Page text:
6. Ensure they understand the context/purpose (relatedness).

These recommendations work well if you are convincing a child to get immunized (the example used in the article), to encourage someone to get sober, or to complete a university course.

But how do we use these recommendations to encourage consumers to make the right purchasing decisions? Below is a rephrasing of the recommendations to support social marketing efforts for the social entrepreneur:

  1. Don’t try to explain your entire social value proposition at once. Recognize that consumers may need to understand elements of your mission, not the entire social challenge you are addressing.
  2. Whenever possible, link their purchase to a tangible goal. “By purchasing this product, you’re providing a young person with job training.”
  3. Use loyalty programs, discounts, contests or other “prizes” to reward your customers. Use these extrinsic rewards whenever the intrinsic rewards—like the knowledge that they are helping to support their community—are insufficiently motivating.
  4. Provide your consumers with links to further information, crowdfunding, ways to get involved, or other learning and empowering tools. Think of each consumer as a potential ally in your social mission, and use language, images, and information that give them competence.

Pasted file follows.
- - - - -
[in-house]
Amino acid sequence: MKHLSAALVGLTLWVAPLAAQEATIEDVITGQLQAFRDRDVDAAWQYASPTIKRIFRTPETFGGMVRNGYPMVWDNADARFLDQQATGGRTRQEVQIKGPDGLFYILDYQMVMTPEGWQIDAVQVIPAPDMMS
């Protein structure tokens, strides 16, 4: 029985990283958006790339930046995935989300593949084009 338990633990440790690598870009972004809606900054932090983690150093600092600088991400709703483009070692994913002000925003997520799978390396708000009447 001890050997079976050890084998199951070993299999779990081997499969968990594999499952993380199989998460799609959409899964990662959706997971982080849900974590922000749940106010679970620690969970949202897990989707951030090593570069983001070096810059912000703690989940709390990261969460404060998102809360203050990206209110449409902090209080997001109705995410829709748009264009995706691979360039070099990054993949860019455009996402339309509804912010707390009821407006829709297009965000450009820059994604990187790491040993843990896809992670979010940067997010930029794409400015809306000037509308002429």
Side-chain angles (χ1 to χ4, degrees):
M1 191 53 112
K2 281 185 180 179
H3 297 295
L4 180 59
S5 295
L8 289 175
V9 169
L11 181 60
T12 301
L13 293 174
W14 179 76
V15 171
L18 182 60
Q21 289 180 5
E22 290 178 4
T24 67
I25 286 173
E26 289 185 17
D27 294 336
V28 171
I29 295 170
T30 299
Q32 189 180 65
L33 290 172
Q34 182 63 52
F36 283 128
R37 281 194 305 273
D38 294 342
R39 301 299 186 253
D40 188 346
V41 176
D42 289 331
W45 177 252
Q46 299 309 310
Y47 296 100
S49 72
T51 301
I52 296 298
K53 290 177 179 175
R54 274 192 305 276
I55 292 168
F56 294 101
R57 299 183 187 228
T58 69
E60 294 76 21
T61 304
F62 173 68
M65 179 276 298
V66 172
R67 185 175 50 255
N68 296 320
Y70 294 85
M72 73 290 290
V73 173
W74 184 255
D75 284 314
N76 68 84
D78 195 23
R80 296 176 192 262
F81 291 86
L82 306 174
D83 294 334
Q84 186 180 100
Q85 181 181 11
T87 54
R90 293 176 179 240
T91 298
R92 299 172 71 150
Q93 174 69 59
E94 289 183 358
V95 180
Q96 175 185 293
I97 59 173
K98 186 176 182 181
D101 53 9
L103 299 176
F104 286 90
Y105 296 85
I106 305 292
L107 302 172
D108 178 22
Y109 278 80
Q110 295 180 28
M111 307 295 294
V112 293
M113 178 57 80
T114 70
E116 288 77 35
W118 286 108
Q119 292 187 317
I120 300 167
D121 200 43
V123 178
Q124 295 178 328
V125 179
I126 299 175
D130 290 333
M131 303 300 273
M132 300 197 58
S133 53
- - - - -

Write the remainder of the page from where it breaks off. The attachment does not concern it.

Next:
5. Do not undermine your competition, or use negative advertising messages to insinuate to your customer that they need to buy your product over the competitor’s product. If you engage them based upon their own needs and expectations, that provides them with the autonomy to make the (right) choice to buy your product.
  6. Provide context for your social enterprise. It is a challenge to not overwhelm your customer with details while informing and engaging them in your mission. Providing succinct context can help them relate to how their purchase contributes to not only meeting their needs (for example, great coffee) but also the community needs (for example, fair wages). Context links their action as a consumer with your mission.

One last note that we frequently share with our social enterprise clients: Do not assume that your social mission alone will sell your products or services. The vast majority of purchasing decisions are affected by price and market perceptions of quality (which also includes convenience and availability). If you aren’t competing on price and quality, social marketing strategies and activities will have only a marginal effect on consumer choices.